It feels downright roomy inside after installing the 4000 and plugging it into one of the available power ports.
The 4000 is much smaller.
Connectors on the back include a dual link DVI connection and a DisplayPort connector:
Adapters can be used to take the DisplayPort to DVI or Mini DisplayPort. If you look along the edge of the card you can see several connectors. They are used to connect the 4000 to other NVIDIA cards but are not implemented on the Mac OS. That too bad as one of those connectors is to the NVIDIA Quadro SDI Capture which could bring another option for video I/O to the Mac.
There’s two drivers that need to be installed, the drivers for the card itself and then the CUDA drivers. For CUDA-enabled applications to be able to harness the card, the CUDA drivers must be kept up to date. That’s easy with the CUDA Preferences pane in the system preferences:
If you’re going to run this card in a Mac Pro make sure you’re running 10.6.5 or later as there were some issues with OSX versions older than that. There’s also the issue of Mac OSX not supporting the latest version of OpenGL, the “industrial-strength foundation for high-performance graphics in Mac OS X and the gateway technology for accessing the power of the graphics processor.” OSX currently supports 3.1 but the spec is at 4.1 and you can see on the NVIDIA product page that they require booting into Windows via Bootcamp to use 4.1. Then you’re not running a Mac. There is also the OpenCL spec which according to the Apple website is described as “a new technology in Mac OS X Snow Leopard called OpenCL [that] takes the power of graphics processors and makes it available for general-purpose computing.” Great. But if you do a little searching around the Internet it appears that Apple’s OpenCL might not be entirely recognized by the Quadro 4000.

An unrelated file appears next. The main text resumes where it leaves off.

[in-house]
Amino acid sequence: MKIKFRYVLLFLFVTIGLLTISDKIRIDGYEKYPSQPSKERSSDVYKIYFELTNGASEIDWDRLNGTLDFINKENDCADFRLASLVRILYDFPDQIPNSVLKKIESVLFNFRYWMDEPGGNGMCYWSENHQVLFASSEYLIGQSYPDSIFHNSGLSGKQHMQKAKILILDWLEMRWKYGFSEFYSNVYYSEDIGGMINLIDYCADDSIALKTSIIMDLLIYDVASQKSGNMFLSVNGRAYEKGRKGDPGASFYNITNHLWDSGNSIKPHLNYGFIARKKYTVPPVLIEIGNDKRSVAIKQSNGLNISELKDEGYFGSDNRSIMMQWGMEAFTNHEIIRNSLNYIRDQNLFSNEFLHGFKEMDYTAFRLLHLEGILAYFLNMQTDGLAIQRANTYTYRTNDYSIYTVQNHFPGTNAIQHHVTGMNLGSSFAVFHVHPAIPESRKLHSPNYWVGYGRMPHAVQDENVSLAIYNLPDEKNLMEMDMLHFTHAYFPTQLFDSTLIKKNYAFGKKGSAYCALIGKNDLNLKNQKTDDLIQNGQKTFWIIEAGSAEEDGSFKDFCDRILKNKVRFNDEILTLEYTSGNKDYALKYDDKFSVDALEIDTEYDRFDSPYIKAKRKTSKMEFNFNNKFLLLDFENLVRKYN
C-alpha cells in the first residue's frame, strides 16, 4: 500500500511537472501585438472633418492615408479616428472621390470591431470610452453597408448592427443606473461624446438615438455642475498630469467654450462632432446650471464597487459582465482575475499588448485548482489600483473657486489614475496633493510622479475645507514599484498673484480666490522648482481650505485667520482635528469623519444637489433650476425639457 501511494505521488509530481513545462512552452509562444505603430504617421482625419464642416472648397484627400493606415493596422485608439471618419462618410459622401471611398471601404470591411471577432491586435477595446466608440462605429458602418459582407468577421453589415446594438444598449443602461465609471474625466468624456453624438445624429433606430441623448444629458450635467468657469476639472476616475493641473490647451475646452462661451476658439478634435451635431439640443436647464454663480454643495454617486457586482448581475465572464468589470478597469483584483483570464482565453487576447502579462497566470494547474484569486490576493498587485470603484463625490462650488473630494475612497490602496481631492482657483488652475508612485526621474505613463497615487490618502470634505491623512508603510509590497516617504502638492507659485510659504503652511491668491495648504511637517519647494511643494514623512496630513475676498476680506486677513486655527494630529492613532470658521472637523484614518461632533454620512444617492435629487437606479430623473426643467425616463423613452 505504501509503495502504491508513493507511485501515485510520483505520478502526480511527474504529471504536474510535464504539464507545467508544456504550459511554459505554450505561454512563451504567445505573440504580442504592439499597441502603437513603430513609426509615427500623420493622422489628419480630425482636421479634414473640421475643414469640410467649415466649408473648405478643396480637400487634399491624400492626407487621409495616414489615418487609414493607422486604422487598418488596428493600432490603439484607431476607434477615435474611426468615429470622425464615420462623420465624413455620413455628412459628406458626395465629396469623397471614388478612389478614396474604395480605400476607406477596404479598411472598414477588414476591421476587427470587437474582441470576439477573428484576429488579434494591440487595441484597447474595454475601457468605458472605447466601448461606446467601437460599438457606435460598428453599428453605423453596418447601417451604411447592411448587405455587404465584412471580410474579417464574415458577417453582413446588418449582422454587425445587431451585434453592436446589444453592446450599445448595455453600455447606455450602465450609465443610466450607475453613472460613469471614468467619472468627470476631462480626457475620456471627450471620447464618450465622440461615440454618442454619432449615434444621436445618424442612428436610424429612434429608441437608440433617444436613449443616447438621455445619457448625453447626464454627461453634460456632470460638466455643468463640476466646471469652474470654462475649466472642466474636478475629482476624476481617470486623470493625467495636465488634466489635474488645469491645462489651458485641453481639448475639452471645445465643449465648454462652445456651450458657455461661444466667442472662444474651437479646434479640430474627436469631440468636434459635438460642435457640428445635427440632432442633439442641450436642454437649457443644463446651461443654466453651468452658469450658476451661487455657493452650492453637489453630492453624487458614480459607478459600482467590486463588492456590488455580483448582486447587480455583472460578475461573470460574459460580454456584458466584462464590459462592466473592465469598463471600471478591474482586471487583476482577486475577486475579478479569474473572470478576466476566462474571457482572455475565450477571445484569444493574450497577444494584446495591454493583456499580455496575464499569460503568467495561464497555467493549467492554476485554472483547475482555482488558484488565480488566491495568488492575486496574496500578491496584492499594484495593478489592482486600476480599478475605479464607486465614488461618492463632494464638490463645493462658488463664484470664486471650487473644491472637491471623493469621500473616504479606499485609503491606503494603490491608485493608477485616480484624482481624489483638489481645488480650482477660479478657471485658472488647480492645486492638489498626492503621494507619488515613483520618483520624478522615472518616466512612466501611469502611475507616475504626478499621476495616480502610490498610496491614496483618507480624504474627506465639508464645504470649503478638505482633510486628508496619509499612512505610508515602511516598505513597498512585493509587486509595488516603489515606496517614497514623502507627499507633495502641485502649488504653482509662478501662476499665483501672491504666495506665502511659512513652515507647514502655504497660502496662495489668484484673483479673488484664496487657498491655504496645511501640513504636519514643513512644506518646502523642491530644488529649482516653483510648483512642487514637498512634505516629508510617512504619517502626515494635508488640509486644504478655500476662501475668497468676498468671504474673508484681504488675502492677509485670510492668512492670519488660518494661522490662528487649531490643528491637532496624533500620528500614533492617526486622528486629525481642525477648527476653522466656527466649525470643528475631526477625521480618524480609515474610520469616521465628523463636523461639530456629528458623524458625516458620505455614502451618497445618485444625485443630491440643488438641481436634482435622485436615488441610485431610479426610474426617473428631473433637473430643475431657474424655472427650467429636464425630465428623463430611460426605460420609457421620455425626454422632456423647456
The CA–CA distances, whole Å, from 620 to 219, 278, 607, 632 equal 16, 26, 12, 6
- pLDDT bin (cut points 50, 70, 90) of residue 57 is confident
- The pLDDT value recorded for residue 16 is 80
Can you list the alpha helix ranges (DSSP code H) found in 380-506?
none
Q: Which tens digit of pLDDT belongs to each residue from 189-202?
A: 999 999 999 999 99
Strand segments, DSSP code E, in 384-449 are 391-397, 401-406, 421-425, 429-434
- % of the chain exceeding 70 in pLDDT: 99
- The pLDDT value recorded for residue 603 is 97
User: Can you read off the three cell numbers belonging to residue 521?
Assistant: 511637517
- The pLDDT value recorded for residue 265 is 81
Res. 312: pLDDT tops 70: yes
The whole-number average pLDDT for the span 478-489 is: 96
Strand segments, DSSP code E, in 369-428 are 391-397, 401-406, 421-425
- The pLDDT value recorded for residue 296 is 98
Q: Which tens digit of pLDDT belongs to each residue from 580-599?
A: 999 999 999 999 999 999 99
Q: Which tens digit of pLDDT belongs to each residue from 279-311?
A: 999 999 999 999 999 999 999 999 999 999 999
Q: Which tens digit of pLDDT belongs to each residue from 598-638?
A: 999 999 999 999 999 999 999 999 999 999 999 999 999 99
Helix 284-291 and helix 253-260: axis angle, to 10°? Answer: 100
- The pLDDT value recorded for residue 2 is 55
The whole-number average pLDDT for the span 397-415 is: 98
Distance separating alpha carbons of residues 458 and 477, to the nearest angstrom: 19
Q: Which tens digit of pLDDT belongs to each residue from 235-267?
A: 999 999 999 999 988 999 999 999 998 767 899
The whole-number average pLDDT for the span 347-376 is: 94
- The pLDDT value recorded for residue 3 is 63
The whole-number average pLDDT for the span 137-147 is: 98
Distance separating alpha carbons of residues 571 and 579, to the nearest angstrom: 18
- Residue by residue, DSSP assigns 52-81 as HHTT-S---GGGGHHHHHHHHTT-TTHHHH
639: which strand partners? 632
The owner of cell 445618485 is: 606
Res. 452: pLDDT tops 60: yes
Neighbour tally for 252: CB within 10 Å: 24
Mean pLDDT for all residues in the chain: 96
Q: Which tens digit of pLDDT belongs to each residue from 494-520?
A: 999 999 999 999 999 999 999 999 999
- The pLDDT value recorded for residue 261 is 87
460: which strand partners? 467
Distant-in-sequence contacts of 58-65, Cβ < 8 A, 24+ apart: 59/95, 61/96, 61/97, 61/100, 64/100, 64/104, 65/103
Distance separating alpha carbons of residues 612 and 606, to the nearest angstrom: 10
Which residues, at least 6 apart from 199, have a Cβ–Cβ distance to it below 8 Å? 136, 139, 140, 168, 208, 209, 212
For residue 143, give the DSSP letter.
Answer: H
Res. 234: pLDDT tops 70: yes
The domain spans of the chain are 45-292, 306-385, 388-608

So there currently seems to be a bit of a disconnect between Apple and NVIDIA with OpenCL and Apple’s lack of support for the latest OpenGL … it just makes my eyes glaze over trying to figure out who isn’t supporting what where and why not. There needs to be a simple graphic matrix to line all of this up.
But one thing we do know is that the NVIDIA CUDA technology is definitely supported in some very specific post-production applications. If any, many, or all of these tools are a part of your post workflow then you can see some very real benefits by investing in one of these Quadro 4000 cards.